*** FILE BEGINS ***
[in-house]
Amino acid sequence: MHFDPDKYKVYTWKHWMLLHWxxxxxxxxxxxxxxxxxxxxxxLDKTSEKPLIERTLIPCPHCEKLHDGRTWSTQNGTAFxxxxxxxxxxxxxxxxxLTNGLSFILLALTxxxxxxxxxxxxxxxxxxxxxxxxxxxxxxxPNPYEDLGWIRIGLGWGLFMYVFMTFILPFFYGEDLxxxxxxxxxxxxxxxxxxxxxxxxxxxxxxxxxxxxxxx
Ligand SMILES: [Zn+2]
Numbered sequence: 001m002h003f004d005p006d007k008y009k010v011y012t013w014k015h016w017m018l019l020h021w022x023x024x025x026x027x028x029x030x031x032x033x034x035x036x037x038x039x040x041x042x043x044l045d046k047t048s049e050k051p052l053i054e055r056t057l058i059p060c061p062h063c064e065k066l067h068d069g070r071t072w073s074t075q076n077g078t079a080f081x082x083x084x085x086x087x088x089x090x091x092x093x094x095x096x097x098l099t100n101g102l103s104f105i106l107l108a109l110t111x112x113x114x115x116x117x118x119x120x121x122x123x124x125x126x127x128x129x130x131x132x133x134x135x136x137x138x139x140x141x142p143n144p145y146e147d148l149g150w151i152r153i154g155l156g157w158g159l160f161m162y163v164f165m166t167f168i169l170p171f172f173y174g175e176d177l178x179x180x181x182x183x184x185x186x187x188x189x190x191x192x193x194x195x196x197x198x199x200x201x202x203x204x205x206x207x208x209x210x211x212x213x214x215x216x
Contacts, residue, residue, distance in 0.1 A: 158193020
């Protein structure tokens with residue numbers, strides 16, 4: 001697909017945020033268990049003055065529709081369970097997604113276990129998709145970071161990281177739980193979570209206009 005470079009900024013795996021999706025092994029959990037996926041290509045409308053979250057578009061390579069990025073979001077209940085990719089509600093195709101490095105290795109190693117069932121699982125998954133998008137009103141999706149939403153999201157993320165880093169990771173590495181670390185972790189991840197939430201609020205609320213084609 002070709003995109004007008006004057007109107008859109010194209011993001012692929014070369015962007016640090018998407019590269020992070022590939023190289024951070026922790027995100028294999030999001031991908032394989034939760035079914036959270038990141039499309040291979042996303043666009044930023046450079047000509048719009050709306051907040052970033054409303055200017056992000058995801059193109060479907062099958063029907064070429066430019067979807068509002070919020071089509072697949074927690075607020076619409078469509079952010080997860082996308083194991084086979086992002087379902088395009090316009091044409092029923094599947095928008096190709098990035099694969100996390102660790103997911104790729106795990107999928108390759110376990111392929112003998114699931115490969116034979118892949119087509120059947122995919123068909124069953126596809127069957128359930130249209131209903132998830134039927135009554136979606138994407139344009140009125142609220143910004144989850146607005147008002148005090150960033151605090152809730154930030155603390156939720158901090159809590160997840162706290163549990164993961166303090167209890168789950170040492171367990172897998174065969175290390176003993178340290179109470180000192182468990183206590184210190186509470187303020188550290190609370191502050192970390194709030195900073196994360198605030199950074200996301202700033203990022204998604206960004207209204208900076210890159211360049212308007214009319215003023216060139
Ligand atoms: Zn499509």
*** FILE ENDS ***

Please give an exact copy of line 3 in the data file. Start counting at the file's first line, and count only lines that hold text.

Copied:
Ligand SMILES: [Zn+2]